I remember the first time I went to a Korean restaurant with my American friends. As we walked out of the restaurant, one of them asked: “So, was that legit Korean food?”
The food there was OK, but it wasn’t the kind of Korean food my mom makes—it was definitely Americanized. Their kimchi wasn’t spicy enough, and they filled fusion dishes with ingredients familiar to non–Korean diners. In other words, the restaurant was pulling its punches.
Chris Cho, executive chef of Seorabol in Center City, wants to change that. He believes in serving real Korean food to everyone. “Cho does not Americanize his menu,” Michael Klein writes in his Philadelphia magazine article “How Korean cuisine is moving to downtown Philadelphia.” After reading about Cho’s story, I went down Spruce Street to experience his work for myself.
With its clean–cut tables and a small bar, Seorabol feels much more modern than its parent location in North Philadelphia. Try to sit away from the main wall, though; the way the fluorescent light flickers can hurt your eyes.
Seorabol had many more banchan, or side dishes, to offer than the typical kimchi and pickled radish. Among its five banchan, the highlights were the diced radish kimchi and the sausages. The potato salad and the soft tofu were good as well.
However, I’ll skip the haemul pajeon (seafood pancake) next time. It was more mushy than crusty because it had a bit too much oil. But some good news: Their galbi (marinated short rib) was not oily, even though galbi tends to have this problem. It was just sweet enough and came with an assortment of ssamjang (spicy dipping sauce), scallions, garlic, and pepper.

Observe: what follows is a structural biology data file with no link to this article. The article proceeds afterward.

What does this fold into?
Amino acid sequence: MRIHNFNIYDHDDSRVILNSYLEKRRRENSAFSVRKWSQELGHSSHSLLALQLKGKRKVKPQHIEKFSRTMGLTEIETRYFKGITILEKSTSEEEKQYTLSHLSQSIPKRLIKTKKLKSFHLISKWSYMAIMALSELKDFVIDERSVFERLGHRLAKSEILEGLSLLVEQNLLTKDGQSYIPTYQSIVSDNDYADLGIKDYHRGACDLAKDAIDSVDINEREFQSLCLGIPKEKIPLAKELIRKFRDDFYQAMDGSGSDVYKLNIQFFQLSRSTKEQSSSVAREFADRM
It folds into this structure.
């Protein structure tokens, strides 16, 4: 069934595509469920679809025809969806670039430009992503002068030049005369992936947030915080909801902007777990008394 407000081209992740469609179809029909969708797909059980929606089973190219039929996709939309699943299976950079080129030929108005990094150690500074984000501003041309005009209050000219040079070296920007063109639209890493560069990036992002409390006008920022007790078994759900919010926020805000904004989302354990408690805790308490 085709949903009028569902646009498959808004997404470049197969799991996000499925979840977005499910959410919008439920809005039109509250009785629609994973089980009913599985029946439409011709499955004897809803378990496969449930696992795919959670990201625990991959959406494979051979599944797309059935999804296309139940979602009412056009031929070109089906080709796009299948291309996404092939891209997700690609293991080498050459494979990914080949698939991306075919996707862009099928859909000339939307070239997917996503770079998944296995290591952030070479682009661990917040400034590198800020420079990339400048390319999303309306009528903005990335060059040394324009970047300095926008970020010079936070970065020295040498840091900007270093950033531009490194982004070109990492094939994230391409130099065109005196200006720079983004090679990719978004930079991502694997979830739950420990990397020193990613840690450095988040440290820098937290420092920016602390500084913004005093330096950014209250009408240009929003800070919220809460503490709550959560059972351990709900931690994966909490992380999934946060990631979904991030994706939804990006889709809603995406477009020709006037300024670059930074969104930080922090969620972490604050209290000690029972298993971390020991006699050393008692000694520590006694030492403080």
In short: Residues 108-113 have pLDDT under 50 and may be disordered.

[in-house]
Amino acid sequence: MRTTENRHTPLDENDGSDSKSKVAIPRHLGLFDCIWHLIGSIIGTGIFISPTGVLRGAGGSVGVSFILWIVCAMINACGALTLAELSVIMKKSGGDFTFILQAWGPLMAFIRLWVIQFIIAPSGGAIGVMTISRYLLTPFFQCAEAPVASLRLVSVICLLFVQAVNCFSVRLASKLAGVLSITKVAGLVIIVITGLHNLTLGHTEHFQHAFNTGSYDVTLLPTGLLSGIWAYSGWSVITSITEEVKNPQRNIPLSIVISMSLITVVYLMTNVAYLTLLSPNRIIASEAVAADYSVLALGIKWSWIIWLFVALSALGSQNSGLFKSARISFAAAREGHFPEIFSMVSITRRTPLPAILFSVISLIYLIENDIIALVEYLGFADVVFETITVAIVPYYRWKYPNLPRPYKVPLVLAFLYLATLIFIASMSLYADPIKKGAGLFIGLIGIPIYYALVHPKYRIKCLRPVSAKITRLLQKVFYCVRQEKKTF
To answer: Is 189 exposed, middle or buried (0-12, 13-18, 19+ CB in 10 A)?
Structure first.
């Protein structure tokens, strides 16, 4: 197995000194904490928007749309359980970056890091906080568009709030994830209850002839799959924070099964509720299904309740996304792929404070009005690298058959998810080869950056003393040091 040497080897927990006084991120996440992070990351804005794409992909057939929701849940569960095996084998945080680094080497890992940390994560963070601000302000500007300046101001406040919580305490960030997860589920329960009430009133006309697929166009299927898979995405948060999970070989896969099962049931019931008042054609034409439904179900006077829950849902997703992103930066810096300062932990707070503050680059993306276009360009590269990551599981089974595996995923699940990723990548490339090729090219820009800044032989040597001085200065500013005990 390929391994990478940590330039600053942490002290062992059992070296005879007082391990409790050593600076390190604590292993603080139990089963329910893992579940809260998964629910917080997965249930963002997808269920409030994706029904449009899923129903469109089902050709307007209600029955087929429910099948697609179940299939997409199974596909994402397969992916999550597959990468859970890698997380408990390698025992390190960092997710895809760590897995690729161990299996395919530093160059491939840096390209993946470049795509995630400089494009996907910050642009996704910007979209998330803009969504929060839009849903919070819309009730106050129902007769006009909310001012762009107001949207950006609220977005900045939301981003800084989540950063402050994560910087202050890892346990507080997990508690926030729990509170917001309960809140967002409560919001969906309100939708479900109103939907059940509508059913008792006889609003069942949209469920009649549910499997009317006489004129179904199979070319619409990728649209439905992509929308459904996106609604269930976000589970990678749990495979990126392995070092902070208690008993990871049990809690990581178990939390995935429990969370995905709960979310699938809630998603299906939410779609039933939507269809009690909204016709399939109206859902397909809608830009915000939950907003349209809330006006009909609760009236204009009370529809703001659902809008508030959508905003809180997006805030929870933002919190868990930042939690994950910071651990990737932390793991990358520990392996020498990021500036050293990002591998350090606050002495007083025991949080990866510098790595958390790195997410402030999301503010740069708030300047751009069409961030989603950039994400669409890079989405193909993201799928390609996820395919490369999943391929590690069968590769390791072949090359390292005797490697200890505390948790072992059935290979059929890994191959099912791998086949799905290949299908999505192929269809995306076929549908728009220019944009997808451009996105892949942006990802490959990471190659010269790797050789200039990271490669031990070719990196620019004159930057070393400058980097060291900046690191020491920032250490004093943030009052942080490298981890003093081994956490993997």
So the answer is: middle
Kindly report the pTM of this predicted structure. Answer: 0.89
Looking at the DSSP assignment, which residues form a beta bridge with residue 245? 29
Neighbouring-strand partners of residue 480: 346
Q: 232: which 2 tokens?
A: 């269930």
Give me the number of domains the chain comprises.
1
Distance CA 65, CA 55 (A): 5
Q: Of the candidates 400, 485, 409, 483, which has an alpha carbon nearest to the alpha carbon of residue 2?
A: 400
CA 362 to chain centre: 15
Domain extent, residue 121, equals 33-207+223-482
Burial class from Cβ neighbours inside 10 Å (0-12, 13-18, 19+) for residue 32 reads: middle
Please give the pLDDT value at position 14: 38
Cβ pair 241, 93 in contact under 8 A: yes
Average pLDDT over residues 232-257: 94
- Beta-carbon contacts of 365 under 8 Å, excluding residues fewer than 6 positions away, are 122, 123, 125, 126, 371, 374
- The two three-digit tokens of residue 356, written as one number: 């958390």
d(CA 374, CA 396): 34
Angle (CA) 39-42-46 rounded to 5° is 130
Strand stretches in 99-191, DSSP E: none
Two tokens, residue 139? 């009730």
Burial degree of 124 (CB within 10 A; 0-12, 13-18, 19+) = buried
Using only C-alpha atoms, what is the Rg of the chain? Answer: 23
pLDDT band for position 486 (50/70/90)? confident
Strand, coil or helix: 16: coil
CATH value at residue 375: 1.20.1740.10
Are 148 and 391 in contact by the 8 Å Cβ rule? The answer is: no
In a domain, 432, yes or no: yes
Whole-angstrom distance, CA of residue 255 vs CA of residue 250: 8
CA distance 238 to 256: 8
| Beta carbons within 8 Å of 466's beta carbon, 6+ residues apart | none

For all you dolsot bibimbap (stone pot bibimbap) lovers out there, Seorabol is the place to go. If you don’t love bibimbap already, why not start now? A standard bibimbap is a healthy vegan dish, and it’s delicious! It’s hard to find good dolsot bibimbap outside of Korea, but I found it in Seorabol. I thoroughly enjoyed their haemul dolsot (spicy seafood hot stone bibimbap). I let the rice rest in the hot stone pot to give it a nice crunch. The bibimbap was flavored well, and the seafood was fresh and plentiful.
All in all, I’d recommend Seorabol for people who want to get good bibimbap. I’ll definitely go back for more Korean food that tastes like it’s from across the Pacific.
TL;DR: A modern but true–to–its–roots Korean restaurant in Center City.
Hours: Mon: Closed
Tues—Thurs: 11 a.m.—2:30 p.m., 5 p.m.—11 p.m.
Fri—Sat: 11 a.m.—2:30 p.m., 5 p.m.—2 a.m.
Sun: 11 a.m.—9 p.m.
Location: 1326 Spruce Street, Philadelphia, PA 19107
Price range: $$